IMO 2007/2

Consider five points A, B, C, D, E such that ABCD is a parallelogram and BCED is a cyclic quadrilateral. Let l be a line passing through A. Suppose that l intersects the interior of the segment DC at F and intersects line BC at G. Suppose also that EF = EG = EC. Prove that l is the bisector of angle \widehat{DAB} .

In this problem we’re going to exploit the collinearity of three points in to show a crucial similarity which will allow us to get the job done.

Now let’s try to use this idea in our problem. Let’s draw line AC meeting line BD at J, we all know that J is the midpoint of AC and BD. Also, let’s draw the altitudes/medians/angle bisectors of our two isosceles triangles, meeting FC and CG respectively at H, I. We notice that H, I, J are collinear by Thales theorem.

Also, they are parallel to AG because H, I are midpoints of FC, CG, so they are parallel to FG, which is AG.

Moreover, EH \perp FC and EI \perp CG . This means that our line is the Simson Line (see from E to triangle DBC, so we have EJ \perp BD , but also BJ = JD, so EBD is hysosceles.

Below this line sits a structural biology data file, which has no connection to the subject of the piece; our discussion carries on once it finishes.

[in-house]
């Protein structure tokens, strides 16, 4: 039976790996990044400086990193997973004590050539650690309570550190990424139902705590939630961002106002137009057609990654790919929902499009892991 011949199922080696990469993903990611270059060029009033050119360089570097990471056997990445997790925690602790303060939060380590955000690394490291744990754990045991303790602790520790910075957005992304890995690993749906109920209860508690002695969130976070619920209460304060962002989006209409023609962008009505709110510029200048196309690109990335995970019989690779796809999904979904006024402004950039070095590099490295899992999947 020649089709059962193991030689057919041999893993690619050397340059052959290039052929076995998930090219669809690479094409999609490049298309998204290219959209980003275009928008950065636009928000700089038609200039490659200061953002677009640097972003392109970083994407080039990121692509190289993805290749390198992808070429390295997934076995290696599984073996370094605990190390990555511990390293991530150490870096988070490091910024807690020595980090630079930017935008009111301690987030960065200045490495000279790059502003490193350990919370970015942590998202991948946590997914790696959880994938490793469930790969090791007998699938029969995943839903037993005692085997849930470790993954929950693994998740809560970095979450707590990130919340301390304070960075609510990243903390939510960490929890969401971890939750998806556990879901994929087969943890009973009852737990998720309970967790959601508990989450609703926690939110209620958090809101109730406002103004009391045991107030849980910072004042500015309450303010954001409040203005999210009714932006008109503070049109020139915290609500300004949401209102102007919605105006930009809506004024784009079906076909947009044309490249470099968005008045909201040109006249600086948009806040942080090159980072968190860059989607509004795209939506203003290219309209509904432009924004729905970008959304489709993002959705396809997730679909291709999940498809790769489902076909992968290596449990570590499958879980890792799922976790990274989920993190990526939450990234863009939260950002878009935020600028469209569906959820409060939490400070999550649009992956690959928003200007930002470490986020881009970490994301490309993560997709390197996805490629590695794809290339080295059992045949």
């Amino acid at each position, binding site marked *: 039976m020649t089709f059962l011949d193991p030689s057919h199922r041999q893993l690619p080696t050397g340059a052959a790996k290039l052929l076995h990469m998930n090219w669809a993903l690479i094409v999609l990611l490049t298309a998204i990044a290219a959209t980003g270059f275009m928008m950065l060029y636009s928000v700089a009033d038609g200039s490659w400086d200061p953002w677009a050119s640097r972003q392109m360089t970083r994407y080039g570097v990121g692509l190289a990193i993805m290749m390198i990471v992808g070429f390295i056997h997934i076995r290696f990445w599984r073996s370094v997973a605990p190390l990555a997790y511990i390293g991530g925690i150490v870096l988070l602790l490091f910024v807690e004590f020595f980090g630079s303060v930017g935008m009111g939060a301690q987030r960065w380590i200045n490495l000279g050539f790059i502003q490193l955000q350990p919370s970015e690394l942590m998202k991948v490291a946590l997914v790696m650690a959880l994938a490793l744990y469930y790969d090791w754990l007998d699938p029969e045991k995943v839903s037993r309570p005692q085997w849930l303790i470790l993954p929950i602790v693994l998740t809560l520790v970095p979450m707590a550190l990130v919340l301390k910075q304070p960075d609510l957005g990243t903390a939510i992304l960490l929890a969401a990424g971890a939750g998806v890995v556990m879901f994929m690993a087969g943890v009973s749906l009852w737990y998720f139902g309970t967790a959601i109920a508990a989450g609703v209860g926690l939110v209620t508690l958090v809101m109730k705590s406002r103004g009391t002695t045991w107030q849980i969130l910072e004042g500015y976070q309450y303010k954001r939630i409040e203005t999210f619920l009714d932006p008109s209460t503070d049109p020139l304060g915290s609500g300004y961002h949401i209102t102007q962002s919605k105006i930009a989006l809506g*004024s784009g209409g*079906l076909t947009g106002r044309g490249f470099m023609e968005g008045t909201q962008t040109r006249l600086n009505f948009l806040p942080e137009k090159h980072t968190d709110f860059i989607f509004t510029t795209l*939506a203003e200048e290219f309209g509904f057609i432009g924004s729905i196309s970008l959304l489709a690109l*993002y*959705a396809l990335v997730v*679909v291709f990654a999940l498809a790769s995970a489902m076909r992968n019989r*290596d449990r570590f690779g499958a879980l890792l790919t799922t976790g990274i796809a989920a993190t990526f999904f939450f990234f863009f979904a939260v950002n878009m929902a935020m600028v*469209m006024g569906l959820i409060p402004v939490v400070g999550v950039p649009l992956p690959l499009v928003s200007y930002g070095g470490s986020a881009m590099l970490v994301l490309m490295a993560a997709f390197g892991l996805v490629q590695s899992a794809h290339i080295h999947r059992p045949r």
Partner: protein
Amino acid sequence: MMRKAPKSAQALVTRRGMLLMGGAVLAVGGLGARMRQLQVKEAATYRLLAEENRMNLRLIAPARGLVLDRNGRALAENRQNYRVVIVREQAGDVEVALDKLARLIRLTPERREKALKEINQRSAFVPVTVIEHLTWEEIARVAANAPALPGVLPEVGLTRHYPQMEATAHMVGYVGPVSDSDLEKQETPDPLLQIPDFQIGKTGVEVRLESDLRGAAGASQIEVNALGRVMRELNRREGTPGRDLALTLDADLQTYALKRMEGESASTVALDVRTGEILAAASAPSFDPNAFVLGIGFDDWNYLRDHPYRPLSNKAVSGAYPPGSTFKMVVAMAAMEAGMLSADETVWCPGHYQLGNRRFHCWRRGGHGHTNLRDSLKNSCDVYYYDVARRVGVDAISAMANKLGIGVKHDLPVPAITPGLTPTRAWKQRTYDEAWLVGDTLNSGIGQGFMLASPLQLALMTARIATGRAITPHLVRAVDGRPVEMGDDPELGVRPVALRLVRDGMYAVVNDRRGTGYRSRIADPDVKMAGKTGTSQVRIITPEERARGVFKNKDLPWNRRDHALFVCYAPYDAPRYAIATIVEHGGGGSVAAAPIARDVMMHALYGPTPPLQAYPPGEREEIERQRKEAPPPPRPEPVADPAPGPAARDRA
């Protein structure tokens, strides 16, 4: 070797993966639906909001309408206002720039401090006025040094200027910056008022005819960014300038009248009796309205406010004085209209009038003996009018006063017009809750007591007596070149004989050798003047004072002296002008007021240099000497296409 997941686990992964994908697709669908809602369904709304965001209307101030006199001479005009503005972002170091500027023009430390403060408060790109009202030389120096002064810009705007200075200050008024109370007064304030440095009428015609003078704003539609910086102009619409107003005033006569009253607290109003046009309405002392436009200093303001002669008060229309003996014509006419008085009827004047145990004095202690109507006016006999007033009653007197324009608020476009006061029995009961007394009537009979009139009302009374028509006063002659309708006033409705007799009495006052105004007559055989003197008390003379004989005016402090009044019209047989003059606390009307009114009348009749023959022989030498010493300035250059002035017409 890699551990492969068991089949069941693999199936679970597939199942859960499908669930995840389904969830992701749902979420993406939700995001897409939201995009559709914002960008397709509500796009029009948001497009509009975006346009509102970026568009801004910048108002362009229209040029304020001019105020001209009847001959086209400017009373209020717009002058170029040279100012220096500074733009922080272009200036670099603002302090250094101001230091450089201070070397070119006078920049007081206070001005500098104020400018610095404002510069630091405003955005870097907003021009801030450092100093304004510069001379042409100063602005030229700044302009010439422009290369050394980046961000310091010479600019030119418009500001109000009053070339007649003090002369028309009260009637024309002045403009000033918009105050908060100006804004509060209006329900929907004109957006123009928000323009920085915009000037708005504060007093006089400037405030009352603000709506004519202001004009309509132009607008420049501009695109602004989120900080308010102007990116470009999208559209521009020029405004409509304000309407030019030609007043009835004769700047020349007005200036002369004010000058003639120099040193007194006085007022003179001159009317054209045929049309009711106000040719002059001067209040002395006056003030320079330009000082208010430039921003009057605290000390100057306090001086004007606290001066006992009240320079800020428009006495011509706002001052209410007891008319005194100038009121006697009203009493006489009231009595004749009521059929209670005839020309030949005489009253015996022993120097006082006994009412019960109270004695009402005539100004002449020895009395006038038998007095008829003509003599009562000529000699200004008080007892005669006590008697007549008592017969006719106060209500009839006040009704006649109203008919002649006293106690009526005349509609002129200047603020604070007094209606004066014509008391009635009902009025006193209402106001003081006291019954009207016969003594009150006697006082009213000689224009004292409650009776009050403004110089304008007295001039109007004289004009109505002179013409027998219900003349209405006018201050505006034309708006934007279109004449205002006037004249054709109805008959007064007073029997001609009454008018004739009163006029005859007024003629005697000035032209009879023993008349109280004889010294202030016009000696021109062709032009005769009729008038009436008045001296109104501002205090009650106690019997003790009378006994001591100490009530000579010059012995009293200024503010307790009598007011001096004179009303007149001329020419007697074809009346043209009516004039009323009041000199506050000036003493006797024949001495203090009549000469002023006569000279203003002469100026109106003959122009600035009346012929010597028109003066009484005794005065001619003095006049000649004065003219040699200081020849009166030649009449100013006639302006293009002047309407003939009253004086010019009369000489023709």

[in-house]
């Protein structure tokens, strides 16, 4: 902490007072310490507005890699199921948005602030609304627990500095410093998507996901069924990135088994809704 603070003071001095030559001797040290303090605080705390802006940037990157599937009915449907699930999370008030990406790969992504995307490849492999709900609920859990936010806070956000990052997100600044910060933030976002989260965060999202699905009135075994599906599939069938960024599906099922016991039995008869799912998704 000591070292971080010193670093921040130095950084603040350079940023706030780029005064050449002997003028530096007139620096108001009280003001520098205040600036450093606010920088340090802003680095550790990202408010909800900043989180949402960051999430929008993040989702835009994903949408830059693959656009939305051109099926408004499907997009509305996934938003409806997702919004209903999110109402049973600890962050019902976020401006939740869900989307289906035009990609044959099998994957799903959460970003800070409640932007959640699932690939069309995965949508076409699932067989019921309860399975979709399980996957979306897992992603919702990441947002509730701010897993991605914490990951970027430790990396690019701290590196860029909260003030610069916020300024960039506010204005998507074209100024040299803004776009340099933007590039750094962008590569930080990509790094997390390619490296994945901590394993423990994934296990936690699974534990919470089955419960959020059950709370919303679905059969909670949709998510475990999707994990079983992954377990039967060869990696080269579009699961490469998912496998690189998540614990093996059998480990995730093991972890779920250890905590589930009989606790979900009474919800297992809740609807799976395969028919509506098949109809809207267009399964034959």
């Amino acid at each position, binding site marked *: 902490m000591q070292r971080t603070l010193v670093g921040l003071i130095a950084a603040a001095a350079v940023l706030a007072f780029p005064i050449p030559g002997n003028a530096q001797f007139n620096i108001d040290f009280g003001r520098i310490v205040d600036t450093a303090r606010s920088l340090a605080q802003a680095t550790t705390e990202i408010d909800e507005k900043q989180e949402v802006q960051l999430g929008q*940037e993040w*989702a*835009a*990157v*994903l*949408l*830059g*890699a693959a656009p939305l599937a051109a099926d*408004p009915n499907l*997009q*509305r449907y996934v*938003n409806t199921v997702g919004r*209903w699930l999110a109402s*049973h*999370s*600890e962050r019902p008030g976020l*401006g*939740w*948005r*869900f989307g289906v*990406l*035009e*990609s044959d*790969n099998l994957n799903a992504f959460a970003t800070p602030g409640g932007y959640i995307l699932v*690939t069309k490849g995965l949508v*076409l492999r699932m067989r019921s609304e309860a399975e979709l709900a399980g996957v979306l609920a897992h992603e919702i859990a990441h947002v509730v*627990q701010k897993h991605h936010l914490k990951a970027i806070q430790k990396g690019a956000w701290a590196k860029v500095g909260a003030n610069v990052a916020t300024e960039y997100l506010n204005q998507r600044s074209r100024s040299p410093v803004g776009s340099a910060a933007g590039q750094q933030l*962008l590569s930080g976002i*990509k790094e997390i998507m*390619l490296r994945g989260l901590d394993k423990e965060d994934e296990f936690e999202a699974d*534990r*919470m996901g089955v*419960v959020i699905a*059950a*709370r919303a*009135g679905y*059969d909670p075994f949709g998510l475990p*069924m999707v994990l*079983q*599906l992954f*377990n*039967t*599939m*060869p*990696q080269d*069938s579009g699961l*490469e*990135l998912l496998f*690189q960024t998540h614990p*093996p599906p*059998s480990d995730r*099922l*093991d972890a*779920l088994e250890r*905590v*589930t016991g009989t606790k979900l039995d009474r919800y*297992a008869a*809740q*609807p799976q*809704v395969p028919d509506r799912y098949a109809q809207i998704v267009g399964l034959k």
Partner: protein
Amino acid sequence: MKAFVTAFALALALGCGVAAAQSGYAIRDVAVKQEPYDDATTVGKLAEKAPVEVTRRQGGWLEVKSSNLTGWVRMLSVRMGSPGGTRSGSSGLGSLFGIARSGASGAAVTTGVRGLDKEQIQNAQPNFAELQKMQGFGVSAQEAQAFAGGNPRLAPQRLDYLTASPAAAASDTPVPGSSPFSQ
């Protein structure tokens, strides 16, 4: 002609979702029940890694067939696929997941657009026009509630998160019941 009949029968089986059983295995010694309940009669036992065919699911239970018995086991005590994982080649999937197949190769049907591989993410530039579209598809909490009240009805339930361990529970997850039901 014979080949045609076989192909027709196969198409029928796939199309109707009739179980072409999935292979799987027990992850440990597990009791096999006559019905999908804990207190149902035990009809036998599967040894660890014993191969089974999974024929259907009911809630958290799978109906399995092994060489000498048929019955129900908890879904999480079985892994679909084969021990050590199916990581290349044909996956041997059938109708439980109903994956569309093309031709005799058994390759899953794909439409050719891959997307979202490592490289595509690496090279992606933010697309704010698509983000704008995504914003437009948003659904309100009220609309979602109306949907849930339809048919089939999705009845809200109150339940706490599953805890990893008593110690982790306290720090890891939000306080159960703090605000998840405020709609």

Furthermore \widehat{DBE} = \widehat{DCE} (angles looking at the same arc on a cyclic quadrilateral), so triangles EBD and FCE are similar. We also have \widehat{BED} = \widehat{BCD} = \widehat{DAB} = \widehat{CEF} . So, calling DAB = \alpha , we have \widehat{DBE} = \widehat{DCE} = \frac{\pi}{2} - \frac{\alpha}{2} . This way we get that \widehat{ECG} = \frac{\pi}{2} - \frac{\alpha}{2} by difference of angles. So, angle \widehat{FEG} = 2\alpha and \widehat{EFG} = \widehat{EGF} = \frac{\pi}{2} - \alpha . So, we get

\widehat{GAB} = \widehat{GFC} = \frac{\pi}{2} - \frac{\alpha}{2} - (\frac{\pi}{2} - \alpha) = \frac{\alpha}{2}

and we are done.

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